Before I entered this class I never understood the current state of our media system. I never knew that almost all aspects of our media are concentrated in just a few companies. I can count the number of companies that control the U.S. mass media industry on one hand: Time Warner, The Walt Disney Company, Viacom, News Corporation, and Bertelsmann AG. In my mind, that’s pretty terrifying. This concentration of our media has become a great interest to me, and that is why I believe that media economics is the most compelling theory.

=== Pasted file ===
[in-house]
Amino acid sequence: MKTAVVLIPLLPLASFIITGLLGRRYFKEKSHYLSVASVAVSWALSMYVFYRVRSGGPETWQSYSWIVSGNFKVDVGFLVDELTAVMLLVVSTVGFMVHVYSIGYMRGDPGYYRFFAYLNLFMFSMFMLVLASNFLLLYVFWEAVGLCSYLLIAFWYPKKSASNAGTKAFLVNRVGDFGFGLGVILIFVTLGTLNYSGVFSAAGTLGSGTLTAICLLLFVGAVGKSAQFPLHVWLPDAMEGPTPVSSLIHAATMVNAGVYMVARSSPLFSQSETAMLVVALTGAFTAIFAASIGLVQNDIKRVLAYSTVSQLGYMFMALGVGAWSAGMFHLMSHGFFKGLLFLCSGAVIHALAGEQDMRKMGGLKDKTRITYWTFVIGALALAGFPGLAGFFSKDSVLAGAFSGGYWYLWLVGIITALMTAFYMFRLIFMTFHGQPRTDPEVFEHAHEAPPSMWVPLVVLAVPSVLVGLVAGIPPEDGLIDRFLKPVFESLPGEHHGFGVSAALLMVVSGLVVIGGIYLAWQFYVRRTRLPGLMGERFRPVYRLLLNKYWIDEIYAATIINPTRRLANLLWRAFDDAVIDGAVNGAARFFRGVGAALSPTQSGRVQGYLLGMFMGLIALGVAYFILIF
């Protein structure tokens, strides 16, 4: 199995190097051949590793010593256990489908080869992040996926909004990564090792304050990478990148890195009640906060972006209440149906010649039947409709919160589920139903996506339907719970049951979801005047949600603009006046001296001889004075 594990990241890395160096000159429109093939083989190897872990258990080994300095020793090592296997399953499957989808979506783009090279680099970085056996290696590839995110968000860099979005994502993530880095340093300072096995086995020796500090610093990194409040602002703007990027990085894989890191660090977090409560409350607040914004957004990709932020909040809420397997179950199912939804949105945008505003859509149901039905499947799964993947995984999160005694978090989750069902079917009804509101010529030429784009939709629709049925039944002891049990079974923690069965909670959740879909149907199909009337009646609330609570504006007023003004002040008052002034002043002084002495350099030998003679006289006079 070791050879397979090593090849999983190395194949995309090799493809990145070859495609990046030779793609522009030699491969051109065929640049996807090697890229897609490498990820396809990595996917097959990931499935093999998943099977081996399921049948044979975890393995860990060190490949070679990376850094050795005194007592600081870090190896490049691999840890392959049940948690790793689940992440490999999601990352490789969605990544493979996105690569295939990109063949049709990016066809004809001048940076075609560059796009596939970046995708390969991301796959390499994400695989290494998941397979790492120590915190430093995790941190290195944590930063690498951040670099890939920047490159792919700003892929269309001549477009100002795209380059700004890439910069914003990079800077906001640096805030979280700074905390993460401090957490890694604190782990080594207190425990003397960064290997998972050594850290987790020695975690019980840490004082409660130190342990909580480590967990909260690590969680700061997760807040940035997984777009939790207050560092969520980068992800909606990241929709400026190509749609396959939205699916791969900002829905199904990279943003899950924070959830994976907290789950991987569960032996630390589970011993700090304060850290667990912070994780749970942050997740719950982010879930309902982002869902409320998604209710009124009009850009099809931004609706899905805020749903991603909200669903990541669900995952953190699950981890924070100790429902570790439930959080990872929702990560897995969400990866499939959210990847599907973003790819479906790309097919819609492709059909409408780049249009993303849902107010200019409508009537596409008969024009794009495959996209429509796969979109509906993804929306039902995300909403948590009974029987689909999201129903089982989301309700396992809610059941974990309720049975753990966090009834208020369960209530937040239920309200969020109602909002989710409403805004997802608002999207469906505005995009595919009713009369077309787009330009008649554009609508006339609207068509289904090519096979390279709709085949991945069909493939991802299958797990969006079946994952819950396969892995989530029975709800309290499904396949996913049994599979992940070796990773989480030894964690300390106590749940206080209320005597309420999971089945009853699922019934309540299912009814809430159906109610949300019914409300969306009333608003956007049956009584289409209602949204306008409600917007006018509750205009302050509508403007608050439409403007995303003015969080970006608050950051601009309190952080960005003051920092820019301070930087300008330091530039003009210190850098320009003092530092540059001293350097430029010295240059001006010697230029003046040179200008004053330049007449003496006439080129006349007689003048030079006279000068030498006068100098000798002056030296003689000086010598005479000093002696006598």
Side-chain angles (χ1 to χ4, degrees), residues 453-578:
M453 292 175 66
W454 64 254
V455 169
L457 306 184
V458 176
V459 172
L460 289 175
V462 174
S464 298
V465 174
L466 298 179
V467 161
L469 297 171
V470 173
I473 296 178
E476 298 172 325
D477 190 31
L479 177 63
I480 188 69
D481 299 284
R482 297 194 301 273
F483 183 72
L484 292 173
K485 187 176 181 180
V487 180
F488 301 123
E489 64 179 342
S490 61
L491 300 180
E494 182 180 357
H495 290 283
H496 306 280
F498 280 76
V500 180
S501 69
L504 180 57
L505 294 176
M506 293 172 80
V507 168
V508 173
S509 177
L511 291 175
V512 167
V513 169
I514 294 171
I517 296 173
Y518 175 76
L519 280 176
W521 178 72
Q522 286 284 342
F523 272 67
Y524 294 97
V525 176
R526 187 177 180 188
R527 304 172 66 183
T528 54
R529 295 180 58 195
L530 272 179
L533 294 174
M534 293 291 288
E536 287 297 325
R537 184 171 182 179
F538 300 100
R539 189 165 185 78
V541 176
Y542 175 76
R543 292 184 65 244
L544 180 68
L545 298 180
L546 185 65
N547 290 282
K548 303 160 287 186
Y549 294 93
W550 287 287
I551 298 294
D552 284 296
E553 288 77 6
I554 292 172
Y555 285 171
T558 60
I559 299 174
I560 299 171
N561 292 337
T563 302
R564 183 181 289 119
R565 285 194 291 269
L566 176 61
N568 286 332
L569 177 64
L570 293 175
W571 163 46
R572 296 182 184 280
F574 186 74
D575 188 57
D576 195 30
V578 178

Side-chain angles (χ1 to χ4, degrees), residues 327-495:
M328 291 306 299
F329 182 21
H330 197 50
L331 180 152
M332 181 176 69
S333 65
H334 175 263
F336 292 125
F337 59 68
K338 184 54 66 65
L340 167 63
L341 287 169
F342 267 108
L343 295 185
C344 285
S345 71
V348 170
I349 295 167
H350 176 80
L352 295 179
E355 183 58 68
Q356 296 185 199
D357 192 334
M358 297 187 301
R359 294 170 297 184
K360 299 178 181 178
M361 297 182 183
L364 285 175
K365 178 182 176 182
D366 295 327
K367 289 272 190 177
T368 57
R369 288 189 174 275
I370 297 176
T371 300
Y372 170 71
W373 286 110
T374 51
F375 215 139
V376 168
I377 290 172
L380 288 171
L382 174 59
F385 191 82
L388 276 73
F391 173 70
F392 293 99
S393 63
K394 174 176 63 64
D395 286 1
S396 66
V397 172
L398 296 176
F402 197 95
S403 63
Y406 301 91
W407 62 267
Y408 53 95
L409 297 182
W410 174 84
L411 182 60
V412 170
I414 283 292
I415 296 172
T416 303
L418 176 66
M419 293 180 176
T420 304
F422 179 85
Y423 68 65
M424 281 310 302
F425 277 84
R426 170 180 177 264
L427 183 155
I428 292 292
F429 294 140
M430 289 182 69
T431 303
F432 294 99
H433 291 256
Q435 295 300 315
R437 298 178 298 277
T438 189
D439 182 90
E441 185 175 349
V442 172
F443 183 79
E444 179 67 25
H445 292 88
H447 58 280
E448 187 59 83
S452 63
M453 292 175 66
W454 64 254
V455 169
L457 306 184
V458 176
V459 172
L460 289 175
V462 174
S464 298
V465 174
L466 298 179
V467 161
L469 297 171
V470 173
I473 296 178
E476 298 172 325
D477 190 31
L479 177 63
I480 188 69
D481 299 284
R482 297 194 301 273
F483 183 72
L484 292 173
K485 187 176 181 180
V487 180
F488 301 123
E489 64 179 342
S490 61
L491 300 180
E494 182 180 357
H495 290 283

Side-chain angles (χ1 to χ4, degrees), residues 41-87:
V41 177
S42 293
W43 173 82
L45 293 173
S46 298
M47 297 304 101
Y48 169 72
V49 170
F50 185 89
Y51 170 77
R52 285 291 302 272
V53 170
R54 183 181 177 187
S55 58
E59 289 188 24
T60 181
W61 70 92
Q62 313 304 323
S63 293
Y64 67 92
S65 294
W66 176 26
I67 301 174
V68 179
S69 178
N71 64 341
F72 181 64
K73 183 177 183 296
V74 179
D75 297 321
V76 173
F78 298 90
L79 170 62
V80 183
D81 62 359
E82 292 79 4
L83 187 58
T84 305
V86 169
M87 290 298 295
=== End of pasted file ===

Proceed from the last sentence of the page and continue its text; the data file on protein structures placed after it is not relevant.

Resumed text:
To me, media economics affects every other theory. Because of media economics and concentration, so few people control what we actually learn about in the media. This drastically changes media effects on individuals and on politics, because not all messages make it to the mass media. A liberal channel like MSNBC and a conservative channel like Fox may not allow certain messages based off the people they are trying to appeal to. Media economics also has an affect on active audience because media economics affects what content is available. Using the example of television, there are a huge variety of channels that appeal to a wide variety of people, but these channels only were created to make more money for the media conglomerates. Overall, a media company doesn’t care about what the public wants unless it makes them money. Finally, media economics greatly affects media ecology and cultural studies. Media outlets, especially with television, will do what appeals to the largest audience with the intent of making the most money. This could mean that a television show would be geared toward to a certain culture to get the most advertising; people may think that this show reflects culture in the U.S. but it really is just the culture that advertisers want to appeal to. For all these reasons, I believe media economics to be the most compelling theory about the media.